Connection between people of different ages and generations, economic circumstances, and ethnicities is a powerful social force. So much so that it yields significant benefits during college, in professional settings, and in myriad other places and ways throughout one’s lifetime.
Having initially recognized the necessity of “social capital” for the well-being of underserved children and young adults in southeast Florida, and later the many opportunities provided at Chautauqua Institution for sharing it, Mary Arpe founded the nonprofit Community Compact.
Its mission is “to facilitate opportunities for students to acquire the social capital they need to be successful in their future endeavors.”
At 9:15 a.m. Tuesday at the Chautauqua Women’s Club House, Arpe, along with Beth Brockman Miller and Daniel Sullivan, will give the third Chautauqua Speaks presentation of the season: “Sharing Social Capital: A Chautauqua Prototype.”
In 2017, Community Compact launched its first week-long Summer Scholars at Chautauqua program.
This season, one group of nine high-achieving, under-resourced college students will be staying on the grounds and immersing themselves in lectures, performances and other cultural events and activities during Week Four. A second group will be doing likewise during Week Five.
“Last year we took them to the opera, and it was their favorite thing,” Sullivan said.
“Surprisingly, they go to things we didn’t think they would,” Arpe added.
She said she grew up in a middle-class home in Palm Beach County, Florida. Her mother, a reporter covering education, found that the books many students were reading were 30 years behind those of other students in the same school district. This 30-year discrepancy and deficiency made a lasting impression on her.
“My parents knew that education is really important,” Arpe said. “I went to a Seven Sisters college, Vassar, and to law school (at the University of Florida). I had this great experience, but those kids were still there. I came home and things hadn’t changed. … So, I tried to change this in Pahokee.”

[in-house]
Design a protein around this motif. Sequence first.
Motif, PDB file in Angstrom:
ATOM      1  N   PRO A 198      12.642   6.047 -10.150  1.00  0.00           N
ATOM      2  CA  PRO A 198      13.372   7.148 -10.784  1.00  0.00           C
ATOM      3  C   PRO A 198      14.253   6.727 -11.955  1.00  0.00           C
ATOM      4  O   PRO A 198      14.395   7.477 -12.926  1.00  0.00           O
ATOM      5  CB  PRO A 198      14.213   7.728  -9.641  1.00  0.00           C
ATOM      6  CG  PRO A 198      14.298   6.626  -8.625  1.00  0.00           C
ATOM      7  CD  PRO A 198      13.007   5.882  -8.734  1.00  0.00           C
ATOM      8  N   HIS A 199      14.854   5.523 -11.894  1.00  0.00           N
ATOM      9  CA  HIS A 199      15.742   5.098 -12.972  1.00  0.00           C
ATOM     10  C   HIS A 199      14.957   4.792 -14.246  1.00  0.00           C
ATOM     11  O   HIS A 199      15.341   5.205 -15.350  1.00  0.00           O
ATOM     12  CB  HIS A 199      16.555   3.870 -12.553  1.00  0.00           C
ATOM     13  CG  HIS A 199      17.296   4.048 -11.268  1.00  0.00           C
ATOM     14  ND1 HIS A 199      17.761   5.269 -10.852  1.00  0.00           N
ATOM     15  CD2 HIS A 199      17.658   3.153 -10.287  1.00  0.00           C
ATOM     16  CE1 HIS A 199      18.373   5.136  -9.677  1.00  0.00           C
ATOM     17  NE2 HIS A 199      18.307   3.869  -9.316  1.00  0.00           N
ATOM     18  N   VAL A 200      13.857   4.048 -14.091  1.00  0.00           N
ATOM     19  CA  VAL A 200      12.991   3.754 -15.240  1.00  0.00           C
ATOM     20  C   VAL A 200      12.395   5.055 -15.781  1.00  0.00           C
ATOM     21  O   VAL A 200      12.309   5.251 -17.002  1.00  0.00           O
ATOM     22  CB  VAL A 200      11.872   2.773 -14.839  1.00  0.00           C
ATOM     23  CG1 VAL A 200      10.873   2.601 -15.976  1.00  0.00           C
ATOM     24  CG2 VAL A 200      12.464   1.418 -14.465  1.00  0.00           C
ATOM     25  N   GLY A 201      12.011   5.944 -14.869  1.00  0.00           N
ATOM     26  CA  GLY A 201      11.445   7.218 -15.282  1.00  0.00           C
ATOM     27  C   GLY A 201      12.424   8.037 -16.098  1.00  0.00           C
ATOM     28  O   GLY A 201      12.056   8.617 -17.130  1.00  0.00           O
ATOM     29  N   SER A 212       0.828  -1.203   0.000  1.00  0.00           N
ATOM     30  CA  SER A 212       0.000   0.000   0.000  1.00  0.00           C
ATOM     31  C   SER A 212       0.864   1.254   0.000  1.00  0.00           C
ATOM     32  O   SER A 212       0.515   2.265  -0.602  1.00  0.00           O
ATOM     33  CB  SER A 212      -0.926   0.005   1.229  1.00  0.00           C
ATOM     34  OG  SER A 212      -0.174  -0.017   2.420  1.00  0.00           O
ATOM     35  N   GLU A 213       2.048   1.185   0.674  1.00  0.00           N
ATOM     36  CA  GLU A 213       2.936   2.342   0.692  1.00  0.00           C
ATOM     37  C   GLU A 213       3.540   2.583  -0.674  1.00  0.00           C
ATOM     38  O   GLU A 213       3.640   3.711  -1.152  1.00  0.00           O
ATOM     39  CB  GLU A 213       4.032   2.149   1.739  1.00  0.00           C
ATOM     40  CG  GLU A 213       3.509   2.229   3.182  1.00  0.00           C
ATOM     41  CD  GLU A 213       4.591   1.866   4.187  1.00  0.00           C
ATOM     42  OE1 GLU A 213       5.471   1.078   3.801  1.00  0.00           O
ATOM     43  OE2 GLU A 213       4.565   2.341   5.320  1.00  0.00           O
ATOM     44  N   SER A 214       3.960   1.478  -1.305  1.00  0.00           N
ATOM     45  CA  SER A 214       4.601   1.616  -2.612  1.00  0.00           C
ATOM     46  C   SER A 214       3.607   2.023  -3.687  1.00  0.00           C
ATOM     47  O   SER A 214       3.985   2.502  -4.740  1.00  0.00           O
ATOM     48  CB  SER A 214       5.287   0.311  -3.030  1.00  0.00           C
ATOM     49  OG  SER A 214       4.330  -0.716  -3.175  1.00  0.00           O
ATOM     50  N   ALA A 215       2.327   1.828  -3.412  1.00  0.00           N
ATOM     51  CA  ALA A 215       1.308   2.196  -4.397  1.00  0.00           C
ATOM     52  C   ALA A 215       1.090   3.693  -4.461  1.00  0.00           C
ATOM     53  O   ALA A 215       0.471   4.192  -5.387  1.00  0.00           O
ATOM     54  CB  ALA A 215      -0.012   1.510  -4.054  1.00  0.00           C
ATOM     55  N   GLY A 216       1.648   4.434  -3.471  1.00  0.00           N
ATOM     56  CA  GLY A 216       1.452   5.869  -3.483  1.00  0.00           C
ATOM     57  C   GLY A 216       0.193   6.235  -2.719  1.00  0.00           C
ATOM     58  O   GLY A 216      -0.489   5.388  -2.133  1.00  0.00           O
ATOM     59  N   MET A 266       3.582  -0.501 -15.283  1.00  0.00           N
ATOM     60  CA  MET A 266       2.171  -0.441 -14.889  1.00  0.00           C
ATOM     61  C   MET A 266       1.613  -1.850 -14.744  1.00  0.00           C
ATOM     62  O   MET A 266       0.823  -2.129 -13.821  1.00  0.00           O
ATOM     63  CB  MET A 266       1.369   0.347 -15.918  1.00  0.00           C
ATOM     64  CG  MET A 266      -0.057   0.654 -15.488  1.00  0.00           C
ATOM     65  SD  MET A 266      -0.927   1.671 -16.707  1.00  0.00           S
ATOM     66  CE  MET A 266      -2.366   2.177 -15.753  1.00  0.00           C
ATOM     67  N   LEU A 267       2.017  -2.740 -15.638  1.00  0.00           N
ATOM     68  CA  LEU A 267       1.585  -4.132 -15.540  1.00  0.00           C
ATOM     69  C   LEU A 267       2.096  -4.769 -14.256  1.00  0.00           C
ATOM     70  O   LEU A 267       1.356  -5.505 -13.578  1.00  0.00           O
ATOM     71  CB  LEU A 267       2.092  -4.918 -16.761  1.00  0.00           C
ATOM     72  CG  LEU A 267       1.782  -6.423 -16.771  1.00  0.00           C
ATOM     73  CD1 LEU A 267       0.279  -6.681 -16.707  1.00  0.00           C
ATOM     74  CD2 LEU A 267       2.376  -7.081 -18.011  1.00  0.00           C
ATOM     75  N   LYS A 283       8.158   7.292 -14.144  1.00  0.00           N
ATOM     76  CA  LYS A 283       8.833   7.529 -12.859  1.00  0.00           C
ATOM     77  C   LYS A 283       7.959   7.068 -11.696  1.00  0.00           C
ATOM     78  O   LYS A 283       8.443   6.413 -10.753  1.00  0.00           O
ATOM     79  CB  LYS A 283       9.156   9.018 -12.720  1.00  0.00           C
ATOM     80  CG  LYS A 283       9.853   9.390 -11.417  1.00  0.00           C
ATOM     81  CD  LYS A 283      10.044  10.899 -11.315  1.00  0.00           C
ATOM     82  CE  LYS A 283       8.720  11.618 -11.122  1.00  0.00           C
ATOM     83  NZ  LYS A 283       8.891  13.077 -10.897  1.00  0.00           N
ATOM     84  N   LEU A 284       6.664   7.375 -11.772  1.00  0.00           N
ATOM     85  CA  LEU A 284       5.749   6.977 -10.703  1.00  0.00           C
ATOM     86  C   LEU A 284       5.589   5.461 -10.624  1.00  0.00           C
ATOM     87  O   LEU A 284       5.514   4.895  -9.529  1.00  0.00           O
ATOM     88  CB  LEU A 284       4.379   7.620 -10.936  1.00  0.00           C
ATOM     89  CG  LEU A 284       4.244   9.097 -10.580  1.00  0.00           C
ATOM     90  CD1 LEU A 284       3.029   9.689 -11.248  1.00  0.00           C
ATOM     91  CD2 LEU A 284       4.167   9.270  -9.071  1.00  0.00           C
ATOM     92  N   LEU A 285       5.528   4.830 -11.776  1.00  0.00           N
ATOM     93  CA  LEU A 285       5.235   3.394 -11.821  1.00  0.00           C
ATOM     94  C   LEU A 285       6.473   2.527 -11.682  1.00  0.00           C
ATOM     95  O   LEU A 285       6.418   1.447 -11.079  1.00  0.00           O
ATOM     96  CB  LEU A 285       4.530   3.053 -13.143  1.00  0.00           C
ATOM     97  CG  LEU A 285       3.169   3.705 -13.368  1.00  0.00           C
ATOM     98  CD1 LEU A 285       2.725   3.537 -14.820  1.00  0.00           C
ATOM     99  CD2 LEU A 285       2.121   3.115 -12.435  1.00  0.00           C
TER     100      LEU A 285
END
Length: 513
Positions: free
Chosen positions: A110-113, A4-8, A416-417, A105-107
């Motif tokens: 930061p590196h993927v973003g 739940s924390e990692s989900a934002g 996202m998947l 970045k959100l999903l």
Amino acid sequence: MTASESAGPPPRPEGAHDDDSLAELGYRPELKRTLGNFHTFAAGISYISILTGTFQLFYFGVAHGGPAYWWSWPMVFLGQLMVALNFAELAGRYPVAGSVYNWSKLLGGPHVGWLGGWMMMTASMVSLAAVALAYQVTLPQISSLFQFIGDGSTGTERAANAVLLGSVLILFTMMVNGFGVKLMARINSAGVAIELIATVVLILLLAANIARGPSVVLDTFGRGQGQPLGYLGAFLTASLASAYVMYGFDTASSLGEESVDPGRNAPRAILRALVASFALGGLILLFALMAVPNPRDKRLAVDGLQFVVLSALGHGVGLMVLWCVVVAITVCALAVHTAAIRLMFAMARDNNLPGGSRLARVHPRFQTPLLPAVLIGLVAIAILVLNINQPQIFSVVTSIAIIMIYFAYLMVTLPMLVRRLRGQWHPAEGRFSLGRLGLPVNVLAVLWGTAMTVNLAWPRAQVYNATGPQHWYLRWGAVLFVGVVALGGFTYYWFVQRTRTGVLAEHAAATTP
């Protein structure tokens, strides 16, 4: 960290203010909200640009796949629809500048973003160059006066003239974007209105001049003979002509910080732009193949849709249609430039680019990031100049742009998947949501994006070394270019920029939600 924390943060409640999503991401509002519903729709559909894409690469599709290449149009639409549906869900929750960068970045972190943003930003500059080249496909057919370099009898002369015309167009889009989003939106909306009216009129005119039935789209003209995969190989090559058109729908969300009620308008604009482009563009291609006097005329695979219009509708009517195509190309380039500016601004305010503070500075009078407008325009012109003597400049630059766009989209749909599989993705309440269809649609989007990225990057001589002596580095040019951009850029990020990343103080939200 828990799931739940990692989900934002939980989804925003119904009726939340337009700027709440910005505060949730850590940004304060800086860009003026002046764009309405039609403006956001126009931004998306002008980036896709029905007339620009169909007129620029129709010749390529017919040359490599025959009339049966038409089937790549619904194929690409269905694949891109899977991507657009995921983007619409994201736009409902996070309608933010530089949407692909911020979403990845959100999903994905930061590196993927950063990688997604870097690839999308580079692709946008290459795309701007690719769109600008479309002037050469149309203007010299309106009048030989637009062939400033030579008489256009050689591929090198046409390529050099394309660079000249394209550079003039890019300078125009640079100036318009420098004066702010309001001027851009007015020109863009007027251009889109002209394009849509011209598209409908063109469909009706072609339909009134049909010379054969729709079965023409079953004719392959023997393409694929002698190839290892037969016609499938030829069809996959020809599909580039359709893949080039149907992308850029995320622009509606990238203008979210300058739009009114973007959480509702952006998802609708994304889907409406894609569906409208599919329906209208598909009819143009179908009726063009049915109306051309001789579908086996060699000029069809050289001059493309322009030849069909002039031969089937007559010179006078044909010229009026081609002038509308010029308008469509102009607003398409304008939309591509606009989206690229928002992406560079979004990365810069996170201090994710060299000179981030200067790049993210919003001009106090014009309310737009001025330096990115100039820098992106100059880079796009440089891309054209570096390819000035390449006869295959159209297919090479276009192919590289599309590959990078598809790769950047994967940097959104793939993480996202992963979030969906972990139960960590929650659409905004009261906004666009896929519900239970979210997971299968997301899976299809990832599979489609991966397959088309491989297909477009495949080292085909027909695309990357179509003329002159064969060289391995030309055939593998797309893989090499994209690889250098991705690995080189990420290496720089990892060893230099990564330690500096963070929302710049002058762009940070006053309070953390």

Her work experiences, including a position at a large state university, IBM, and the law firm Gelfand and Arpe, P.A. — where she has been an equity partner since 1991 — as well as her training at Leadership Palm Beach County, an affiliate of the U.S. Chamber of Commerce, prepared her for leading social justice initiatives, and diversity and inclusion programs.
She has also served on the boards of United Way, Palm Beach County Literacy Coalition, Nelle Smith Residence for Girls, Toward a More Perfect Union, and Palm Beach Habilitation Center.
Arpe first came to Chautauqua Institution in 1997 with her husband and daughter. She has returned every summer, and her family’s since purchased a house here.
“In 2017, with the help of a lot of other people, I recruited six students,” she said. “They stayed at the King’s Daughters and Sons on Vincent. With the help of Dan (Sullivan) and Beth (Brockman Miller), the program has gone on. The overarching organization has been Community Compact, a 501c3, since day one.”
Initially, Community Compact “focused on opportunities for establishing complementary partnerships between nonprofit organizations and college students. Subsequently, it created several initiatives – including Gleaning Greatness, designed to provide college choice programs to high-potential high school students in rural areas of the country.”
Although two years were lost to COVID, Community Compact’s Summer Scholars at Chautauqua program has continued and expanded.
A long-time Chautauquan, Brockman Miller – whose “early experiences at Chautauqua fostered (a) passion for peace, education, and community building” – serves as Community Compact’s executive director.
“Beth was our miracle find,” Arpe said. “As this program grew, I just couldn’t do this by myself with a few volunteers.”